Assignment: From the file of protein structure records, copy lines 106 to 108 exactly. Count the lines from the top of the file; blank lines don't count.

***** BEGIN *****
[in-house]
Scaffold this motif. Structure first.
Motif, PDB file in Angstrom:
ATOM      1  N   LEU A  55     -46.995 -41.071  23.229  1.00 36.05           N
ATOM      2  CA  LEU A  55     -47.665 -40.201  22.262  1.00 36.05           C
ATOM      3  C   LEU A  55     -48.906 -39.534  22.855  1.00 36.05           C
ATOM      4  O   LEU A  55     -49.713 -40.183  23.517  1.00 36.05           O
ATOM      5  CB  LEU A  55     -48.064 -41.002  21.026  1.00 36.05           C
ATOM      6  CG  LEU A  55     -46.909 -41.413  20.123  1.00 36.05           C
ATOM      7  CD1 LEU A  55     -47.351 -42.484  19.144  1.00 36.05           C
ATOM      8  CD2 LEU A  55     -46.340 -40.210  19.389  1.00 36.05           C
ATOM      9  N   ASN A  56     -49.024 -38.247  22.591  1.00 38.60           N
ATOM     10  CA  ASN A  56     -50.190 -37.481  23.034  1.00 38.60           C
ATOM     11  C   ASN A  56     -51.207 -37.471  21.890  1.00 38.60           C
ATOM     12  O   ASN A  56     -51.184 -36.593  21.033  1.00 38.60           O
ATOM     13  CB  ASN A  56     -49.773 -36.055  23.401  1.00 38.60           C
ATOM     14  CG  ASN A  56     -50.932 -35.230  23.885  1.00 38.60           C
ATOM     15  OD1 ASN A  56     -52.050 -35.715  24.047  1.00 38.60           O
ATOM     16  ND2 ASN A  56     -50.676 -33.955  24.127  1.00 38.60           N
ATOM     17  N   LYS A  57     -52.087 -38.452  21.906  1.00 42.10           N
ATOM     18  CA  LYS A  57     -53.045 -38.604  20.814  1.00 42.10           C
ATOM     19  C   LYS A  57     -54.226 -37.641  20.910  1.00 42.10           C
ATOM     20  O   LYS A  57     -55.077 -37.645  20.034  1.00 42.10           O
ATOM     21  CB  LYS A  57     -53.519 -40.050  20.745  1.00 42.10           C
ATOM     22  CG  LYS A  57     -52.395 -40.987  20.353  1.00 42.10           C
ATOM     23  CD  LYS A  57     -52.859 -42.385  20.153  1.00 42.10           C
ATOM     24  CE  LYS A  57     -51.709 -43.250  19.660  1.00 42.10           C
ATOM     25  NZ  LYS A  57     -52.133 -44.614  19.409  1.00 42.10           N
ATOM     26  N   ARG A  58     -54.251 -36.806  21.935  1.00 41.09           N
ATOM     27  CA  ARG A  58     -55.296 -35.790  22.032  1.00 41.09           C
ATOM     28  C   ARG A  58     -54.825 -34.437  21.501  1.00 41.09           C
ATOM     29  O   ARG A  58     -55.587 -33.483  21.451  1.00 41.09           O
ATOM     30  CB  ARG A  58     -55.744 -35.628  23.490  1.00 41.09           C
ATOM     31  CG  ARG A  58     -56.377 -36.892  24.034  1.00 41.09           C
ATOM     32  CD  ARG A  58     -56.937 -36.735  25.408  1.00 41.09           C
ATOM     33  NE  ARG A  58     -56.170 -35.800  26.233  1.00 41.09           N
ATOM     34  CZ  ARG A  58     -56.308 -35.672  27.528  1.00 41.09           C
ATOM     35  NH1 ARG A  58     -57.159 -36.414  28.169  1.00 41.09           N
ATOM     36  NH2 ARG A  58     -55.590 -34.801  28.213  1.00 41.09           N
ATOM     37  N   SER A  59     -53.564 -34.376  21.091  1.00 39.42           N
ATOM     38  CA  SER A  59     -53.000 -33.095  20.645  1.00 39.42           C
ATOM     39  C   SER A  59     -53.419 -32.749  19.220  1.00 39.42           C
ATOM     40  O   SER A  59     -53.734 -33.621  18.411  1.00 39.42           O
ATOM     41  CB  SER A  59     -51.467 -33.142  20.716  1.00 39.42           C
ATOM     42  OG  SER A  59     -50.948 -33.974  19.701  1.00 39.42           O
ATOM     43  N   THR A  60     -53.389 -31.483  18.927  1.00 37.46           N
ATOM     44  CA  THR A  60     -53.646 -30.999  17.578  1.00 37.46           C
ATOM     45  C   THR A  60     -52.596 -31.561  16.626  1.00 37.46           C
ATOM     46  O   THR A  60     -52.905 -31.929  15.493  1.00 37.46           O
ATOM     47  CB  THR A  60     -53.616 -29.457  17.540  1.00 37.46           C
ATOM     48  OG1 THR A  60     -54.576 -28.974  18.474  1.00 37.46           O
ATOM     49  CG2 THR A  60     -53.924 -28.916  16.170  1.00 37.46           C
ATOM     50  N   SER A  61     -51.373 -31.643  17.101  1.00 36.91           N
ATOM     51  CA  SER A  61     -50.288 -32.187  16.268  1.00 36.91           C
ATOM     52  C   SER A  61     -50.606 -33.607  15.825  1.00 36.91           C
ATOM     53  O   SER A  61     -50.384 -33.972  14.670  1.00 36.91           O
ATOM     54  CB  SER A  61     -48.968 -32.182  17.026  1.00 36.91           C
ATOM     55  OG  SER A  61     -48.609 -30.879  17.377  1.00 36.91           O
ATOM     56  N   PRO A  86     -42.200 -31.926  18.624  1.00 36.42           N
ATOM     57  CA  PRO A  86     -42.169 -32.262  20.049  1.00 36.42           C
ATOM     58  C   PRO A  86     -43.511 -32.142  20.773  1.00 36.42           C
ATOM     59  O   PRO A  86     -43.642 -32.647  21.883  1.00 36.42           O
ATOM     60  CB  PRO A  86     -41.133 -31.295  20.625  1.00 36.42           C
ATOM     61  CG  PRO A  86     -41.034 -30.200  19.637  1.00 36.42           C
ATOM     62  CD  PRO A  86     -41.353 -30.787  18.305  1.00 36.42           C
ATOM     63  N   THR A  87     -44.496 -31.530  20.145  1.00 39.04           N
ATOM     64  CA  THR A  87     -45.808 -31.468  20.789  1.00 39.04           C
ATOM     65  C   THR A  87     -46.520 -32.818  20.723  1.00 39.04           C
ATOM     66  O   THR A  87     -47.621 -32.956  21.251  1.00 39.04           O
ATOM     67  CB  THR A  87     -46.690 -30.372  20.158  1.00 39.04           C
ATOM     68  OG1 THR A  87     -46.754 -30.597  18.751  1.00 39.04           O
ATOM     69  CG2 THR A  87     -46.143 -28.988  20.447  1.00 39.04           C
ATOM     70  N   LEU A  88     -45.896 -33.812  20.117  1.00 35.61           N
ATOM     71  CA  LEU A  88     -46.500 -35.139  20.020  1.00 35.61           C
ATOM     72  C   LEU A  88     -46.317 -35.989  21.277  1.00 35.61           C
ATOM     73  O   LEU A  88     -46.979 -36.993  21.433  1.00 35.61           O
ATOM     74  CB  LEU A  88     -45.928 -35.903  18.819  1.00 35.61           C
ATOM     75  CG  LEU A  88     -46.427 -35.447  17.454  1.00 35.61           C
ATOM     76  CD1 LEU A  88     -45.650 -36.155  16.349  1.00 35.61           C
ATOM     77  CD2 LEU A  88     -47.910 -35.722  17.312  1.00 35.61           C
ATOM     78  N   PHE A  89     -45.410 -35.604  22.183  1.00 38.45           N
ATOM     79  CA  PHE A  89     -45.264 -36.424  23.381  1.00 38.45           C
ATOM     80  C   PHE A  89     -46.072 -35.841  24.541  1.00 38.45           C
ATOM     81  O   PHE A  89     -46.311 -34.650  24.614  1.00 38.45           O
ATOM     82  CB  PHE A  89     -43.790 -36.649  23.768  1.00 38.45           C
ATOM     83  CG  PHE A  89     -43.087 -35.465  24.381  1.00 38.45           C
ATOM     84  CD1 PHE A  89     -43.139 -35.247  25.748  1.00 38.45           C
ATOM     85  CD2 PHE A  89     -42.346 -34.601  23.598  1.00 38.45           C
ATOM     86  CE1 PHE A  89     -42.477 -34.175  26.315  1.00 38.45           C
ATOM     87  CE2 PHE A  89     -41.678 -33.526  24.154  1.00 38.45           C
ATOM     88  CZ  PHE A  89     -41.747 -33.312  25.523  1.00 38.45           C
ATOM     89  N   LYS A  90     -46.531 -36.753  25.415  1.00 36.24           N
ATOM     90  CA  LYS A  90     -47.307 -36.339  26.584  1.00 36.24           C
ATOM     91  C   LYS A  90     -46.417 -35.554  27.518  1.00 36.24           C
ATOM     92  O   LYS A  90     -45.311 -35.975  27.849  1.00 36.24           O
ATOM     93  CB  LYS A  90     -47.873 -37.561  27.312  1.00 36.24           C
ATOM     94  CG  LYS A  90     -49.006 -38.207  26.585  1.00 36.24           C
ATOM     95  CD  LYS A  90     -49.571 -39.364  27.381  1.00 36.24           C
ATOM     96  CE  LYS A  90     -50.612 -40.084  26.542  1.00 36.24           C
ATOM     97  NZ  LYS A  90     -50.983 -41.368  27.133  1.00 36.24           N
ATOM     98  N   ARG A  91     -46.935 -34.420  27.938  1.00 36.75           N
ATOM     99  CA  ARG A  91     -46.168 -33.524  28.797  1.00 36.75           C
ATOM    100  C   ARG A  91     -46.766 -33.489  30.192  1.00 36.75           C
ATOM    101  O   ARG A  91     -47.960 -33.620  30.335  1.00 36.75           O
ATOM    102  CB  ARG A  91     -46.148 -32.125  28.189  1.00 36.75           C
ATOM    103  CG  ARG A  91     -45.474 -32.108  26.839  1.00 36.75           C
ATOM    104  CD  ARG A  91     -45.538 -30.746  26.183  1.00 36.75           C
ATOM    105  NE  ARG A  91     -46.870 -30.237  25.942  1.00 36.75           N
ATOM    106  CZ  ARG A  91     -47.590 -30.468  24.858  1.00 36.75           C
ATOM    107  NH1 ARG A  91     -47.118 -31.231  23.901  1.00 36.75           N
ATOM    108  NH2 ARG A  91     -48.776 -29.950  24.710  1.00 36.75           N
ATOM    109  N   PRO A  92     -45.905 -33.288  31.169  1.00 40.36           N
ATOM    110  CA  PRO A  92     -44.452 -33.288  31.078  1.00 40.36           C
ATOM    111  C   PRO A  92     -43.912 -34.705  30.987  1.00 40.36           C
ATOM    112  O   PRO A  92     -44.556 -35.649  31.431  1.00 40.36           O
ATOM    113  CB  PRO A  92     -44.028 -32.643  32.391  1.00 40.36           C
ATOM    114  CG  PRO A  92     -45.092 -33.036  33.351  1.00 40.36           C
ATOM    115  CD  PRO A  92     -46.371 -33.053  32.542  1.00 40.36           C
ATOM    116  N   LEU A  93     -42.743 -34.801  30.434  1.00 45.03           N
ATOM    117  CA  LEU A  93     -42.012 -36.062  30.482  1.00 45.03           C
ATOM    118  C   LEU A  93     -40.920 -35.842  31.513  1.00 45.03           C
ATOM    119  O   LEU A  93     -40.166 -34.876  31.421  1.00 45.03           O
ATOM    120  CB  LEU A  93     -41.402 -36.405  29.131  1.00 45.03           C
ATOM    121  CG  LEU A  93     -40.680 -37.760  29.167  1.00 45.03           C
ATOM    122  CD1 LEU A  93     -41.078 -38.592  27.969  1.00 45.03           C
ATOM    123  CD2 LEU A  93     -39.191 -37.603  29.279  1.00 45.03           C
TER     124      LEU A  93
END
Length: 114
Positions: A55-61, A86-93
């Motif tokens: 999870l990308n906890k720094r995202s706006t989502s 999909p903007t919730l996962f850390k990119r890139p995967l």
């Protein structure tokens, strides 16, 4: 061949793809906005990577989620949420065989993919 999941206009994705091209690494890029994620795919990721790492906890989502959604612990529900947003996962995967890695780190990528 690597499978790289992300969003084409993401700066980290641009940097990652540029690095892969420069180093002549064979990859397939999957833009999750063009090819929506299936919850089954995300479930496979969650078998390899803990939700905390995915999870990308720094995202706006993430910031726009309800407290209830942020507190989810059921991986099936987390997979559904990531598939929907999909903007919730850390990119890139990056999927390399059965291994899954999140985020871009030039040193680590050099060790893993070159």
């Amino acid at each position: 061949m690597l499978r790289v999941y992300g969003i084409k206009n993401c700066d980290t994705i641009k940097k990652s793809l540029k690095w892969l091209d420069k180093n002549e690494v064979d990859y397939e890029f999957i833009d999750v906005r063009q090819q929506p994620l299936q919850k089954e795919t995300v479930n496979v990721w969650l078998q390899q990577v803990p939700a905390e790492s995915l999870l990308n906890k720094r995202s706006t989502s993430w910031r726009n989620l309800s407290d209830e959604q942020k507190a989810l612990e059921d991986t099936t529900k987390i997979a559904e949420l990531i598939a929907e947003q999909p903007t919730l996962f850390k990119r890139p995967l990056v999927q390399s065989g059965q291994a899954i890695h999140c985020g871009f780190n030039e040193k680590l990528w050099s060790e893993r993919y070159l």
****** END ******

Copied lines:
ATOM    103  CG  ARG A  91     -45.474 -32.108  26.839  1.00 36.75           C
ATOM    104  CD  ARG A  91     -45.538 -30.746  26.183  1.00 36.75           C
ATOM    105  NE  ARG A  91     -46.870 -30.237  25.942  1.00 36.75           N